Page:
At the end of last year, Afghanistan still loomed large in the media. CNN reported on the new Taliban government’s restrictions on women’s rights, and the New York Times was writing about the struggles of Afghan refugees. Direst of all, economic sanctions placed on Afghanistan by the United States looked likely to trigger mass starvation in the Middle Eastern country.
Then news began to trickle down about the Russian forces amassed on the state’s border with Ukraine. When the amount of coverage of the potential crisis in Ukraine seemed like it could grow no larger, Russia declared war. Although Afghanistan’s issues were drowned by the coverage of the Russian invasion, they have not been erased. The country still faces an unprecedented humanitarian catastrophe, one that has been exacerbated by the war between Russia and Ukraine, two of the world’s major food-producing nations.
The precarious food situation in Afghanistan is partially the result of droughts and societal turmoil. When the Taliban overthrew the ruling government in August of 2021, the country’s food situation was already poor. The severe lack of rainfall had been affecting two-thirds of the country’s provinces, and according to the United Nations (UN), wheat production was significantly impacted. Despite the critical situation, the Taliban did not have the capacity to interact with international markets. Forced into inaction, farmers lost potential revenue as non-edible cash crops could not be sold.
Famine in the country is rooted in diplomatic turmoil. The failure of the Taliban to engage with international markets has been the result of a coordinated series of sanctions and asset freezes by foreign states. And in this will to sanction, the United States has been at the forefront. Their view of the Taliban government as illegitimate has pushed them to deny access to the country’s assets and cash reserves abroad. As a result, the Afghan government can neither regulate its own currency nor pay its own workers, collapsing the economy and causing corruption.
Food became simply too expensive to buy for many Afghans – and is still currently. Though the US has tried to pull back on some of the sanctions to allow for aid to flow in, the country’s economy cannot recover as quickly as it collapsed, especially when many of the financial restrictions remain only partially lifted.
It was in this context that negotiations occurred in Oslo this past January between the Taliban and diplomats from a bevy of Western countries, as well as the European Union (EU). Further talks were held in Qatar in February. But right as it seemed that progress was being made in favor of the Afghan population, Russia invaded Ukraine.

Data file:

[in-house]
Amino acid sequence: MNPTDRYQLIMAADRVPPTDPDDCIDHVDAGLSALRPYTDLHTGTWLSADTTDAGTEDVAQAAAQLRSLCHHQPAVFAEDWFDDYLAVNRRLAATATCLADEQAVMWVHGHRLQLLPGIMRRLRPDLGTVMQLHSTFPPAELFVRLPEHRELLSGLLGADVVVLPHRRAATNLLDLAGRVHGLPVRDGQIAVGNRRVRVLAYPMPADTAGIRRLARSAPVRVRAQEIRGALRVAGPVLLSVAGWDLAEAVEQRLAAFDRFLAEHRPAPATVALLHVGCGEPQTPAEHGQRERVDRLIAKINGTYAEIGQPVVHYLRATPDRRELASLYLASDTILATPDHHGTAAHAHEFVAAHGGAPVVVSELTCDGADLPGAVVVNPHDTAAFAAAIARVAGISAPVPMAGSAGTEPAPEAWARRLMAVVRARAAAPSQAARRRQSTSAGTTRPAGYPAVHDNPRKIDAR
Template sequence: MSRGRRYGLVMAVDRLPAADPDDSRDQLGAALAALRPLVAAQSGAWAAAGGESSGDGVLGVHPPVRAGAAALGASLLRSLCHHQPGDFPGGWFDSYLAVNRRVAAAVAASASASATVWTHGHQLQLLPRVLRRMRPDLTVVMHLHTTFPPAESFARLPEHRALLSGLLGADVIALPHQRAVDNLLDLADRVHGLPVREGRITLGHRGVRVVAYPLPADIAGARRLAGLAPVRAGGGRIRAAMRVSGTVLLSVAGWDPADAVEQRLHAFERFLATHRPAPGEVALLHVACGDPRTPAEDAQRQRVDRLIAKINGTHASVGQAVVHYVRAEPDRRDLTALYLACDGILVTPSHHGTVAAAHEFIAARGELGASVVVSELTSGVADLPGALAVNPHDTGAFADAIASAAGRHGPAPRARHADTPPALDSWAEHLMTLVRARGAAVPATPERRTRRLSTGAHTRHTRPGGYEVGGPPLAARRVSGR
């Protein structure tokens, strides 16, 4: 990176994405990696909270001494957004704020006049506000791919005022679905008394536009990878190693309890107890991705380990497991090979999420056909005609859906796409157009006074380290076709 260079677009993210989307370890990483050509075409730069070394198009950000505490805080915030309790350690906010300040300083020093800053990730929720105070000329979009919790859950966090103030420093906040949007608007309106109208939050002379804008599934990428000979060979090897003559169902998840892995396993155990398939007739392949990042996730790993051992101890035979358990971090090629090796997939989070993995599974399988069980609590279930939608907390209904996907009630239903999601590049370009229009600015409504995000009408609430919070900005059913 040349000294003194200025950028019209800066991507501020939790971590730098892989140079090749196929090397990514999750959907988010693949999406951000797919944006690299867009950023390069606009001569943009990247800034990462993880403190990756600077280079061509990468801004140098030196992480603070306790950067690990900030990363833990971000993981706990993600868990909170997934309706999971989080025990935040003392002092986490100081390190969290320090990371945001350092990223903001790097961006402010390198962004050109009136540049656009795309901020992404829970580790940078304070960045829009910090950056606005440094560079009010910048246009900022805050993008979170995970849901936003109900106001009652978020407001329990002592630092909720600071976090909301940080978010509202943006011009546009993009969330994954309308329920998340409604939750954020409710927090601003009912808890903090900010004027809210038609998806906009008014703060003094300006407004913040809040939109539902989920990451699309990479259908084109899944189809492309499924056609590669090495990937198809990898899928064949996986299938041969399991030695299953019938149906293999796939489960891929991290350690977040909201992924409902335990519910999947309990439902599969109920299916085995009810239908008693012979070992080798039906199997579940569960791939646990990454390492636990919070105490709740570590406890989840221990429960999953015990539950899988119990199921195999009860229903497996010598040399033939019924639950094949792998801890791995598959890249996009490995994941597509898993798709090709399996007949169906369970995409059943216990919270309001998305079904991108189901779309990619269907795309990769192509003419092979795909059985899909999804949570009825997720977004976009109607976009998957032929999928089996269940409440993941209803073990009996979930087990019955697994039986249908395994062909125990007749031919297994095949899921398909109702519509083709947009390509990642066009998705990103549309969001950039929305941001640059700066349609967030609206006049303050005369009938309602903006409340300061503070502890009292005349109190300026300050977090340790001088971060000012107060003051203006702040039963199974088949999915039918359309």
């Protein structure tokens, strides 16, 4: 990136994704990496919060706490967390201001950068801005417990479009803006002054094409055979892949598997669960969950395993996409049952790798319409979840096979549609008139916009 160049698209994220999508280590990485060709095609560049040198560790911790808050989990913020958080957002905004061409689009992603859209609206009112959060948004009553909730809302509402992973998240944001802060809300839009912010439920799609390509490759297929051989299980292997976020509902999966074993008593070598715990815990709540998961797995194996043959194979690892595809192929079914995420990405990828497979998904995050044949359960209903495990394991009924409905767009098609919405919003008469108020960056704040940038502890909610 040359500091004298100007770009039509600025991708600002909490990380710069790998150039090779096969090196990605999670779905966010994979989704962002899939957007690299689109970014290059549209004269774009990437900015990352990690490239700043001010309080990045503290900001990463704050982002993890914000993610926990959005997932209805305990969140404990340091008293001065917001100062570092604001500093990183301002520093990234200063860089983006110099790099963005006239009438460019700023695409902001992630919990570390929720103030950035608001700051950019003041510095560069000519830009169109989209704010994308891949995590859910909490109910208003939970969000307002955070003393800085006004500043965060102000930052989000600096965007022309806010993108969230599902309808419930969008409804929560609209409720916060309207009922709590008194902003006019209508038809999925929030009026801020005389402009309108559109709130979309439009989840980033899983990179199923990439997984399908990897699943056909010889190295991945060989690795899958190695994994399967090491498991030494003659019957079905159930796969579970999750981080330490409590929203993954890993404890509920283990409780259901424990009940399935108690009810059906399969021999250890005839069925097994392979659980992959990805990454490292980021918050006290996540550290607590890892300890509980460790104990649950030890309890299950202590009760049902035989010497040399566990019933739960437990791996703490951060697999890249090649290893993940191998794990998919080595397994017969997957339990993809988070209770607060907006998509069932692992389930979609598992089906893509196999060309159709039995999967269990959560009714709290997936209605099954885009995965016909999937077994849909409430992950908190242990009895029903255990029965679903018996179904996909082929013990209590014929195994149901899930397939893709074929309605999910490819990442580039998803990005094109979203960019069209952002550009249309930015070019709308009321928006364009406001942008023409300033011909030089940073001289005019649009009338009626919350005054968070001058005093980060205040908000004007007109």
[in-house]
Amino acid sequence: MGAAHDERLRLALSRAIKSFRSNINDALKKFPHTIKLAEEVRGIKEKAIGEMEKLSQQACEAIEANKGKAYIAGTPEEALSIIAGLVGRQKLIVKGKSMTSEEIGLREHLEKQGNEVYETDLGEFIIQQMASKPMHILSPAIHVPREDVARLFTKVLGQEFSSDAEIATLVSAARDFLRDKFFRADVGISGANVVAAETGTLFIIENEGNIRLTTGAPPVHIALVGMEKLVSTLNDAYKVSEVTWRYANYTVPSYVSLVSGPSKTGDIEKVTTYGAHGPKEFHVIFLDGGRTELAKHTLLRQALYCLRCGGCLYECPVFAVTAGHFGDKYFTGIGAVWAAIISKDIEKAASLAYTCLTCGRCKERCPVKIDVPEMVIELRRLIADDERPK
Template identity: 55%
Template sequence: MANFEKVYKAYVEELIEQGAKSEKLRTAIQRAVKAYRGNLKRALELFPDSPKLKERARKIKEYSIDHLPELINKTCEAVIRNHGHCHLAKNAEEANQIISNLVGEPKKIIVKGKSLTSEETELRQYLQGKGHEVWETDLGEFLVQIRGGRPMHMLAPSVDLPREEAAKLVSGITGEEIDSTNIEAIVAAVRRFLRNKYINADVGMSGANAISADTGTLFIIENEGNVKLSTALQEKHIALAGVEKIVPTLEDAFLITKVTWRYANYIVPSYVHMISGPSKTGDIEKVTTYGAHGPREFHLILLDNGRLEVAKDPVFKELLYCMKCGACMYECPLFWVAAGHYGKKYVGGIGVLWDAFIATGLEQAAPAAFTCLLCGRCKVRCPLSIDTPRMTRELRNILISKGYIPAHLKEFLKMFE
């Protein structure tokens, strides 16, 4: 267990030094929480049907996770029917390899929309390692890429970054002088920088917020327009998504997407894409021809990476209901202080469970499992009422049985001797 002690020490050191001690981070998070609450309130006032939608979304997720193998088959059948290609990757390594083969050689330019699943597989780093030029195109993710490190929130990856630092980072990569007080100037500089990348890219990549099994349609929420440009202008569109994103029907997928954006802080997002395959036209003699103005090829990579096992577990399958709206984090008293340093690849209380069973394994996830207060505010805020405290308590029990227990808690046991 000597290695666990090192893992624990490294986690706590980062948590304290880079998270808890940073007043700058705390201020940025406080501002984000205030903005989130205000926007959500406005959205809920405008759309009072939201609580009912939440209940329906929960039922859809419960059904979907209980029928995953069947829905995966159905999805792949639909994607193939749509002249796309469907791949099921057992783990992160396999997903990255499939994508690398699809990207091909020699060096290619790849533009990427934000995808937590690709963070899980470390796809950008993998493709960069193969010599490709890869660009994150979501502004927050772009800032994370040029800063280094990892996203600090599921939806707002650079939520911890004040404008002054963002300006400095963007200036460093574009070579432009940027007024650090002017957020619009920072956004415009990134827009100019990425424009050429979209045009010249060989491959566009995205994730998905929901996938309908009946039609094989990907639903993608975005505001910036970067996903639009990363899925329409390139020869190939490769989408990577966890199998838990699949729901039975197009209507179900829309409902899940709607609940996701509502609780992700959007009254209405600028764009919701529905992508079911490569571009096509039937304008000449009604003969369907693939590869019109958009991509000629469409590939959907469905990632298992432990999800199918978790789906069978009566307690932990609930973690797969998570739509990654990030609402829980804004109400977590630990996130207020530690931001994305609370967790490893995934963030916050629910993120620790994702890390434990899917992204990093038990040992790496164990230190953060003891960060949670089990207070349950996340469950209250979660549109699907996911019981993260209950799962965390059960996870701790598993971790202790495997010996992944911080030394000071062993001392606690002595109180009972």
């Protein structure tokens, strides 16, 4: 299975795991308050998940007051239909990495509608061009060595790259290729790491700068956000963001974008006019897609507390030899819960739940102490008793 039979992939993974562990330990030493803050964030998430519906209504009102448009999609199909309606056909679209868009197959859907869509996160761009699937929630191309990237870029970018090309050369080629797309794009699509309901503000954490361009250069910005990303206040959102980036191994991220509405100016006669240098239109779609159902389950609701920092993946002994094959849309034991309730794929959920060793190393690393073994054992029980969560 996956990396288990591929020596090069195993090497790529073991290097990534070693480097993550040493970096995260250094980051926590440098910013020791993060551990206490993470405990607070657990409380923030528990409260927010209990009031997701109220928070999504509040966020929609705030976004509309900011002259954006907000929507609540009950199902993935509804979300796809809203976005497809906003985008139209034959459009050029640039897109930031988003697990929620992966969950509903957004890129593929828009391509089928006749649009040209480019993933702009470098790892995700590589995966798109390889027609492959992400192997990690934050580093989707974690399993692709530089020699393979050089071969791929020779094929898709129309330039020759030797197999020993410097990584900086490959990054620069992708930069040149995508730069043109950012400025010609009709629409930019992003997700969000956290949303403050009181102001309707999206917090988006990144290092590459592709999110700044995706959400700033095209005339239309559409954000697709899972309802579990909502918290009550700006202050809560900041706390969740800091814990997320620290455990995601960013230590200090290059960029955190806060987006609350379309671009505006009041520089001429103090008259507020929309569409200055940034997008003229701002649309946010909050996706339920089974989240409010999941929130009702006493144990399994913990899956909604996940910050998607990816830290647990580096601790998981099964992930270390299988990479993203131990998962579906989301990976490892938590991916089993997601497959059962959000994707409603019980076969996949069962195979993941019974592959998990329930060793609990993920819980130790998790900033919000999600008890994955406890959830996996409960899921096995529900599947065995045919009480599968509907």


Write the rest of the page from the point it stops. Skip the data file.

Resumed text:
As far as foreign policy goes, the Biden administration is seemingly totally focused on Ukraine, and Afghanistan has been completely forgotten about. With the United Nations (UN) warning that as much as 25 percent more Afghans could fall below the poverty line by mid-2022—leading to a potential total of 97 percent of Afghans in poverty—that lack of attention is proving deadly.
However, the Ukraine crisis also poses further issues for Afghanistan because both Russia and Ukraine are major food producers. More specifically, the two countries are the breadbasket of Europe, making up about 25 percent of global wheat and corn exports. According to the International Food Policy Research Institute, their foodstuffs actually make up about 12 percent of the calories traded globally each year. It goes without saying that this war will be disastrous for food prices then; food price inflation could even increase by up to 22 percent next year according to the UN. In fact, the UN World Food Program is warning that this conflict could especially impact Afghanistan, which is currently heavily reliant on wheat imports as a result of the aforementioned droughts. As a result of famine, an economic crisis spurred by the United States, and a war in Eastern Europe, Afghanistan stands to uniquely suffer this year. Overshadowed as the state may be, Western governments need to realize that their officials are capable of multitasking. Afghanistan is a country with nearly 40 million people. One dead child is a tragedy—tens of thousands is an unconscionable moral failure.
Edited by Lucie Taieb.
The opinions expressed in this article are solely those of the author and they do not reflect the position of the McGill Journal of Political Studies or the Political Science Students’ Association.